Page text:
That’s partly because of how being in space alters blood flow. On Earth, gravity pulls our blood and other internal fluids toward our feet, but our circulatory valves ensure that the fluids are evenly distributed throughout the body. In space, there’s not enough gravity to pull the fluids down, and they shift up, says Rachael D. Seidler, a physiologist specializing in spaceflight at the University of Florida and principal investigator on many space-related studies. The head swells and legs appear thinner, causing what astronauts call “puffy face chicken legs.”
“The brain changes at the structural and functional level,” says Steven Jillings, equilibrium and aerospace researcher at the University of Antwerp in Belgium. “The brain shifts upwards within the skull,” displacing the cerebrospinal fluid, which reduces the brain’s cushioning. Essentially, the brain becomes crowded inside the skull like a pair of too-tight shoes. Some of the displaced cerebrospinal fluid goes into cavities within the brain, called ventricles, enlarging them. “The remaining fluids pool near the chest and heart,” explains Jillings. After 12 consecutive months in space, one astronaut had a ventricle that was 25 percent larger than before the mission.
Some changes reverse themselves while others persist for a while. An example of a longer-lasting problem is spaceflight-induced neuro-ocular syndrome, which results in near-sightedness and pressure inside the skull. A study of approximately 300 astronauts shows near-sightedness affects about 60 percent of astronauts after long missions on the International Space Station (ISS) and more than 25 percent after spaceflights of only a few weeks.
Another long-term change could be the decreased ability of cerebrospinal fluid to clear waste products from the brain, Seidler says. That’s because compressing the brain also compresses its waste-removing glymphatic pathways, resulting in inflammation, vulnerability to injuries and worsening its overall health.
The effects of long space missions were best demonstrated on astronaut twins Scott and Mark Kelly. This NASA Twins Study showed multiple, perhaps permanent, changes in Scott after his 340-day mission aboard the ISS, compared to Mark, who remained on Earth. The differences included declines in Scott’s speed, accuracy and cognitive abilities that persisted longer than six months after returning to Earth in March 2016.
By the end of 2020, Scott’s cognitive abilities improved, but structural and physiological changes to his eyes still remained, he said in a BBC interview.
“It seems clear that the upward shift of the brain and compression of the surrounding tissues with ventricular expansion might not be a good thing,” Seidler says. “But, at this point, the long-term consequences to brain health and human performance are not really known.”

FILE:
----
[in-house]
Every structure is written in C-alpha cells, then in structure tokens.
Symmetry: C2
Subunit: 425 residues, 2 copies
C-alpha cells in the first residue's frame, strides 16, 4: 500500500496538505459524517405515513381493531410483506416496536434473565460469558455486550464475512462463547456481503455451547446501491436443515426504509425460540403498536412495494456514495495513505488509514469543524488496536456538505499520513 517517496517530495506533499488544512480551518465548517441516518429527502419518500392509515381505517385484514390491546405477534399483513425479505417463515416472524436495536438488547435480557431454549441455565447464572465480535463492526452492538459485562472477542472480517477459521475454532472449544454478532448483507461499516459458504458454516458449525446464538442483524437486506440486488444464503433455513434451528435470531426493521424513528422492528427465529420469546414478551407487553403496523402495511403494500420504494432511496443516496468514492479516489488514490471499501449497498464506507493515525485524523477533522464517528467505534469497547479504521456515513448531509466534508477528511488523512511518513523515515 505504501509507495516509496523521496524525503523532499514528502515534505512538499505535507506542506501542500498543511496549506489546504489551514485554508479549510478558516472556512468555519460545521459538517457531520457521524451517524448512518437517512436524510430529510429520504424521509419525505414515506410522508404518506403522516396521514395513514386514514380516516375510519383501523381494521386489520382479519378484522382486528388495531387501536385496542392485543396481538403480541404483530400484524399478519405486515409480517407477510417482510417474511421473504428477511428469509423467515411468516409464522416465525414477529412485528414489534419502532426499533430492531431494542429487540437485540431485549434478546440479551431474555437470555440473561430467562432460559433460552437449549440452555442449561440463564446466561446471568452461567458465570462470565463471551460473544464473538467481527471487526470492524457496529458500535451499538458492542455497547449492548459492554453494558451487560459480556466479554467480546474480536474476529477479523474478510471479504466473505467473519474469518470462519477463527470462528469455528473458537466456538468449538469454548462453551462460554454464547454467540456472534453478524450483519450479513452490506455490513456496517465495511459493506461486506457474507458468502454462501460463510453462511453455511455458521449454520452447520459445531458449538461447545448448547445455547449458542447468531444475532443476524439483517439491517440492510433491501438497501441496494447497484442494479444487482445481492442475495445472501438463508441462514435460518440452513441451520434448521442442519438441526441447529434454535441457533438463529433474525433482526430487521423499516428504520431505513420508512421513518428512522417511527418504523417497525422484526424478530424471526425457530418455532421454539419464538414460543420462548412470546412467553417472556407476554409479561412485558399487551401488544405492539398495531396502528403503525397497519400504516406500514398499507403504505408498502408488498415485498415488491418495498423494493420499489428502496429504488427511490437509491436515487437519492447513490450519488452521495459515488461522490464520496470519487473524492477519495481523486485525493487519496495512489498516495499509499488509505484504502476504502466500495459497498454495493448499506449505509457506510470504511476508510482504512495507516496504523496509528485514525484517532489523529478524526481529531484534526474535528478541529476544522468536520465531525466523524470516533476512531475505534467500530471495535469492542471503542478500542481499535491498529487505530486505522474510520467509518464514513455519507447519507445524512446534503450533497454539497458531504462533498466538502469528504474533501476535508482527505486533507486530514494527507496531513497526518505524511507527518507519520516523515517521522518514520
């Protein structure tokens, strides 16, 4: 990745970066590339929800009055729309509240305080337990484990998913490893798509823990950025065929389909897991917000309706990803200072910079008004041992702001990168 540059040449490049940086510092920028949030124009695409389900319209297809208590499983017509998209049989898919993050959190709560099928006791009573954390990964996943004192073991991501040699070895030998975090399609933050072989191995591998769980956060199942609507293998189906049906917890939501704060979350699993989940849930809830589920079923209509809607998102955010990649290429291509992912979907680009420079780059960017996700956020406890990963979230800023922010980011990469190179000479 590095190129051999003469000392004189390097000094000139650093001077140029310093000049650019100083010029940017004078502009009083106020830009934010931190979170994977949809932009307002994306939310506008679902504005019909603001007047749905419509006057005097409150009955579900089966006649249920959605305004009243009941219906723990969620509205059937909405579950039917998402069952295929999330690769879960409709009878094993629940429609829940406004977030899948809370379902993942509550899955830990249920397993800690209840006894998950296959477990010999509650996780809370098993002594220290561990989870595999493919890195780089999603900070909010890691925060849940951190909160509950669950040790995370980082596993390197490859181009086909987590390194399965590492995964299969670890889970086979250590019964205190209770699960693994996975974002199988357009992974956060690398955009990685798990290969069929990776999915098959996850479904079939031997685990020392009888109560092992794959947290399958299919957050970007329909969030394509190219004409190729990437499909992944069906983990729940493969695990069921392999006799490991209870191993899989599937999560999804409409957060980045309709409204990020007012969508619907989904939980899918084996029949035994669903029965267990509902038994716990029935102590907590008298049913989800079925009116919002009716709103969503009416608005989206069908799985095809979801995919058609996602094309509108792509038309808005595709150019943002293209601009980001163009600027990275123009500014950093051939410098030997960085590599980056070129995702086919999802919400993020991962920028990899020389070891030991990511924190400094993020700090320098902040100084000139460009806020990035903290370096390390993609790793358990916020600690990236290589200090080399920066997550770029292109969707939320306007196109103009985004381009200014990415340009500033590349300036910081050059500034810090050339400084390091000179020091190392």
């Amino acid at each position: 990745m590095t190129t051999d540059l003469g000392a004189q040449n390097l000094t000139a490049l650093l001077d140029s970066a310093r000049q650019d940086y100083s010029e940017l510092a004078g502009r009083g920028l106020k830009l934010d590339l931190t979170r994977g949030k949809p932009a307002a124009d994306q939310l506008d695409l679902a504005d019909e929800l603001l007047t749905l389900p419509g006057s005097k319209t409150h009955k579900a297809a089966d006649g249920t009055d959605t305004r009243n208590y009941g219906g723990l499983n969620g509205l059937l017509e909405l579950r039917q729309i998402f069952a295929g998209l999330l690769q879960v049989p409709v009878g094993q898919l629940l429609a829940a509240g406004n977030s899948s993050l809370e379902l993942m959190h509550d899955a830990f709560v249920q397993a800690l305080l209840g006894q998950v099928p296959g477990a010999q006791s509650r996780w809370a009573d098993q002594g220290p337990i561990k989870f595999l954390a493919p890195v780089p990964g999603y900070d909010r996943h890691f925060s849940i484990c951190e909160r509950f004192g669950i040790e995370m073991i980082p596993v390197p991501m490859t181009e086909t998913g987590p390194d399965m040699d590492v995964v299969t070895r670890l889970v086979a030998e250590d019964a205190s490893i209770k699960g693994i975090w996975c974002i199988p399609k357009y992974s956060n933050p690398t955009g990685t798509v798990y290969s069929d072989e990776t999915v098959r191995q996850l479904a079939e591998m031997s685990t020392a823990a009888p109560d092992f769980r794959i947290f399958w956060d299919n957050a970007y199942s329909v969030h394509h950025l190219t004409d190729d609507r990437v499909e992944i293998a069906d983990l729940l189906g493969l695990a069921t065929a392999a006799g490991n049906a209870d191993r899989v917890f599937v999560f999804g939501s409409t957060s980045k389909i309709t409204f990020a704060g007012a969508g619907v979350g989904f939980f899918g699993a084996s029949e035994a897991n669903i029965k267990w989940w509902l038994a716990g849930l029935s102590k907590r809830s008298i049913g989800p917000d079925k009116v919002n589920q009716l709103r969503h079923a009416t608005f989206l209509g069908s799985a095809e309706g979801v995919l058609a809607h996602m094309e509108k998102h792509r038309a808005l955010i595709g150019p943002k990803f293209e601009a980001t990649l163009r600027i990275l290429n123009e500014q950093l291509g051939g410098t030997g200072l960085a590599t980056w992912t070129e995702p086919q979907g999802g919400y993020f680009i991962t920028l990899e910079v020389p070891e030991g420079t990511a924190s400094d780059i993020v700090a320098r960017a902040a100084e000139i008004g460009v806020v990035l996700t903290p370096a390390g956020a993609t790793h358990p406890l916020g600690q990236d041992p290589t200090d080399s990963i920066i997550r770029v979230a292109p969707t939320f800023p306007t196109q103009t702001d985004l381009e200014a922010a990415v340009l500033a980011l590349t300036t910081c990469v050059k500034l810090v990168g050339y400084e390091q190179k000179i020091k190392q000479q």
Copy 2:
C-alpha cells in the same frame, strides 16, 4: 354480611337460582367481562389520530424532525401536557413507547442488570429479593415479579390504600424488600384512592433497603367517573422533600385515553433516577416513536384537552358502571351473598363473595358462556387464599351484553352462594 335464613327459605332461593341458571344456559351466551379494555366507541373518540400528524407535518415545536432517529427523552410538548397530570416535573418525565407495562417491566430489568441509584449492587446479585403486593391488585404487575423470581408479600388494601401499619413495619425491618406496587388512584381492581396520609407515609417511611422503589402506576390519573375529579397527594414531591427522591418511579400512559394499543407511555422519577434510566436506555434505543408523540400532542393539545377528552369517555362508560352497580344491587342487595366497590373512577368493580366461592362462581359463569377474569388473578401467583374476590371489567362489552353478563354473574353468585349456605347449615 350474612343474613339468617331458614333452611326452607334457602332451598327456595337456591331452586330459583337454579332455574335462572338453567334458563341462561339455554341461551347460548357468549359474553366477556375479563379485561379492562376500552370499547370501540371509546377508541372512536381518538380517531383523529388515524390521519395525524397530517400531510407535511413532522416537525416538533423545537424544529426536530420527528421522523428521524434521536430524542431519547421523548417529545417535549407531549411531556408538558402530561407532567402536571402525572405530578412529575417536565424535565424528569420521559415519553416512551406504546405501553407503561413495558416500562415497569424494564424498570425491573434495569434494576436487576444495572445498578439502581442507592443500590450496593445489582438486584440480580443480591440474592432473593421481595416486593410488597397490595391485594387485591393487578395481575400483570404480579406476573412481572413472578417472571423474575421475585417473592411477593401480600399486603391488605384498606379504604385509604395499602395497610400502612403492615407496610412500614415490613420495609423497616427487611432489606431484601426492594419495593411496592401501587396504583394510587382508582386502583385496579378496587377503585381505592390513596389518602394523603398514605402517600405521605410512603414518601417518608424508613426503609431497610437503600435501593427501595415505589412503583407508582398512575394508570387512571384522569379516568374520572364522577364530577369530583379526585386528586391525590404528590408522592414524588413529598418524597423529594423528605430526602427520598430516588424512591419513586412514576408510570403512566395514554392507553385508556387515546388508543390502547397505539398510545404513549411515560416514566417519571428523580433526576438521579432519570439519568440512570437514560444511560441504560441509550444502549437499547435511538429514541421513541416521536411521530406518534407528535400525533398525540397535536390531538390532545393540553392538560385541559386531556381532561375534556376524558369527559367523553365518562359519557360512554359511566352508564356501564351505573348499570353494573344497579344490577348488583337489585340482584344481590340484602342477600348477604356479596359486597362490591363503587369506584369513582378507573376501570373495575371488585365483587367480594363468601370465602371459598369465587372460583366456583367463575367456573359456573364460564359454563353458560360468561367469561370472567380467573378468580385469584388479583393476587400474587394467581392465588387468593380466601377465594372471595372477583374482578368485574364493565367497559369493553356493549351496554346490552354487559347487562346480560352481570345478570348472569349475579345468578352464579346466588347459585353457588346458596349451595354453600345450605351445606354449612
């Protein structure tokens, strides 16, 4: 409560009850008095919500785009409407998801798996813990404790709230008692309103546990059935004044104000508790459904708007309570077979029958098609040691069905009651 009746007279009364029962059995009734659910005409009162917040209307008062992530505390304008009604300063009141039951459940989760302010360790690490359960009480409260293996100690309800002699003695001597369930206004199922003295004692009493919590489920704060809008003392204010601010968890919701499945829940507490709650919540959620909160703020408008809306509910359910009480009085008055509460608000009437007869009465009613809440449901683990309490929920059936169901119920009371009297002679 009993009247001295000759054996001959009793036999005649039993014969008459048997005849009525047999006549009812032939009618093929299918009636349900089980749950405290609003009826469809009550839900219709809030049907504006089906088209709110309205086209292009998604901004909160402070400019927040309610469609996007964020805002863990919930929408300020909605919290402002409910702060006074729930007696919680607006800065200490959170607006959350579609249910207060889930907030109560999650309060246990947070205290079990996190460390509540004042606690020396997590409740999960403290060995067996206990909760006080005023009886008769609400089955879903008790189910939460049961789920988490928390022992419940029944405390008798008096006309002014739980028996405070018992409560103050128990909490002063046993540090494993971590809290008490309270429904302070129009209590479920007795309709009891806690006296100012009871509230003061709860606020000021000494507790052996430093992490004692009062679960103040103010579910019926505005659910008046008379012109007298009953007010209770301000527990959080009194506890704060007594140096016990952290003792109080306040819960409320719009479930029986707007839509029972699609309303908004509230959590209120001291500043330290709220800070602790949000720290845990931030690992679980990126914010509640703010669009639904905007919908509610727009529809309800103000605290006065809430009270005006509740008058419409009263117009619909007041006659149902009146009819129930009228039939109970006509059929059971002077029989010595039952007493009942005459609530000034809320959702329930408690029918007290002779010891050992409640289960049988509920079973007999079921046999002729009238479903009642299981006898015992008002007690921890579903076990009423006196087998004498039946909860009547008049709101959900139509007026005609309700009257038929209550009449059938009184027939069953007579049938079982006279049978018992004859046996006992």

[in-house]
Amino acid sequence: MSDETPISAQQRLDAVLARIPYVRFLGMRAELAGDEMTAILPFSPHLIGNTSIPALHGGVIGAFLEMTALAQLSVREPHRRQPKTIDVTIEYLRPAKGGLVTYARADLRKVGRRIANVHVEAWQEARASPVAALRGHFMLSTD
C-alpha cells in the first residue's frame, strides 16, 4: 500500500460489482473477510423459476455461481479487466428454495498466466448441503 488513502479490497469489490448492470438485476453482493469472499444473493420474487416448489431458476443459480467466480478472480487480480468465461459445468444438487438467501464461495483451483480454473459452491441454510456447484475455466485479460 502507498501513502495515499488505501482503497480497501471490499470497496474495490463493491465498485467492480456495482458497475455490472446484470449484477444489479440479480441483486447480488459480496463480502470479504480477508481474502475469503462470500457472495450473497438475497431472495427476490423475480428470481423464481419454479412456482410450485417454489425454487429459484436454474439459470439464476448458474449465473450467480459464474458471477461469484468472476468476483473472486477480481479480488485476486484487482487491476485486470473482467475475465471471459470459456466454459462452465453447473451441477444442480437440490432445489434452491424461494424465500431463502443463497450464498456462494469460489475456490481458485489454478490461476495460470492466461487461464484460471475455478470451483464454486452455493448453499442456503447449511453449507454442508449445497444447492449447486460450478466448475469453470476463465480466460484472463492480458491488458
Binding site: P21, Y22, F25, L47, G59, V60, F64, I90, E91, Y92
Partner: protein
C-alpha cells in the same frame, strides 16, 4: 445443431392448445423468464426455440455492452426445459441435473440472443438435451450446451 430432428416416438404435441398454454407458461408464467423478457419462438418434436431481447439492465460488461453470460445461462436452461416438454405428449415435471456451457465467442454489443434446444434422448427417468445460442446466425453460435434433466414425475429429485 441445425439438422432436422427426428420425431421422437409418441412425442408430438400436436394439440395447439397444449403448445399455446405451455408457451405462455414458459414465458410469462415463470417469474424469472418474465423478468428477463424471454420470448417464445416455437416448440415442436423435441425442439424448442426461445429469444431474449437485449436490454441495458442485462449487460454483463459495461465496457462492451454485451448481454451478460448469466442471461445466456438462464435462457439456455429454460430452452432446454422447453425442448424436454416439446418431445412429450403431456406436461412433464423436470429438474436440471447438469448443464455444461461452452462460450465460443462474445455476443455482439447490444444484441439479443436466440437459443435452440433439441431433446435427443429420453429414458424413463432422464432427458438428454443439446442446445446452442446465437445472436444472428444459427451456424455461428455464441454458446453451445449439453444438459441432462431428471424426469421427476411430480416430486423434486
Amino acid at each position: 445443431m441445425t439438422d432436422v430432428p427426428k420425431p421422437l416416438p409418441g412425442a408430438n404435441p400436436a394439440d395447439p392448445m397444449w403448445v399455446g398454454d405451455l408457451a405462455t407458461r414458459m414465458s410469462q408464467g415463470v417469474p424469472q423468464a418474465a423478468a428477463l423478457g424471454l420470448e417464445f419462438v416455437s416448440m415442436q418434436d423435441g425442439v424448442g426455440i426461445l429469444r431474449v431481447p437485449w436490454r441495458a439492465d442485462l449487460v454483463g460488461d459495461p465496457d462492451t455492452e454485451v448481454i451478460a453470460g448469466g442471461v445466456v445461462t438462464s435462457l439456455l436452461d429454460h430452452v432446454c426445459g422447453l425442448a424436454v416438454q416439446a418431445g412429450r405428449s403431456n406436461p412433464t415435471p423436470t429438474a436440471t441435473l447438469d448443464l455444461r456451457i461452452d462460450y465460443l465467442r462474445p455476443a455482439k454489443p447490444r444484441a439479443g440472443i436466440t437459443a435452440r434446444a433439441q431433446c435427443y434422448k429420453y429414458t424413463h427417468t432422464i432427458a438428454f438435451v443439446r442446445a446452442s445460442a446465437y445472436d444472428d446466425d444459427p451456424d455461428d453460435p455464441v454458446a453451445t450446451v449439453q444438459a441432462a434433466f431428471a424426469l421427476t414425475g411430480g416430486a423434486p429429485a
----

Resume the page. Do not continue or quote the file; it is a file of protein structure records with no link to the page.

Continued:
NASA astronaut Kate Rubins conducts a session for the Neuromapping investigation.
Staying sharp in space
To investigate how prolonged space travel affects the brain, NASA launched a new initiative called the Complement of Integrated Protocols for Human Exploration Research (CIPHER). “CIPHER investigates how long-duration spaceflight affects both brain structure and function,” says neurobehavioral scientist Mathias Basner at the University of Pennsylvania, a principal investigator for several NASA studies. “Through it, we can find out how the brain adapts to the spaceflight environment and how certain brain regions (behave) differently after – relative to before – the mission.”
To do this, he says, “Astronauts will perform NASA’s cognition test battery before, during and after six- to 12-month missions, and will also perform the same test battery in an MRI scanner before and after the mission. We have to make sure we better understand the functional consequences of spaceflight on the human brain before we can send humans safely to the moon and, especially, to Mars.”
As we go deeper into space, astronauts cognitive and physical functions will be even more important. “A trip to Mars will take about one year…and will introduce long communication delays,” Seidler says. “If you are on that mission and have a problem, it may take eight to 10 minutes for your message to reach mission control, and another eight to 10 minutes for the response to get back to you.” In an emergency situation, that may be too late for the response to matter.
“On a mission to Mars, astronauts will be exposed to stressors for unprecedented amounts of time,” Basner says. To counter them, NASA is considering the continuous use of artificial gravity during the journey, and Seidler is studying whether artificial gravity can reduce the harmful effects of microgravity. Some scientists are looking at precision brain stimulation as a way to improve memory and reduce anxiety due to prolonged exposure to radiation in space.
To boldly go where no astronauts have gone before, they must have optimal reflexes, vision and decision-making. In the era of deep space exploration, the brain—without a doubt—is the final frontier.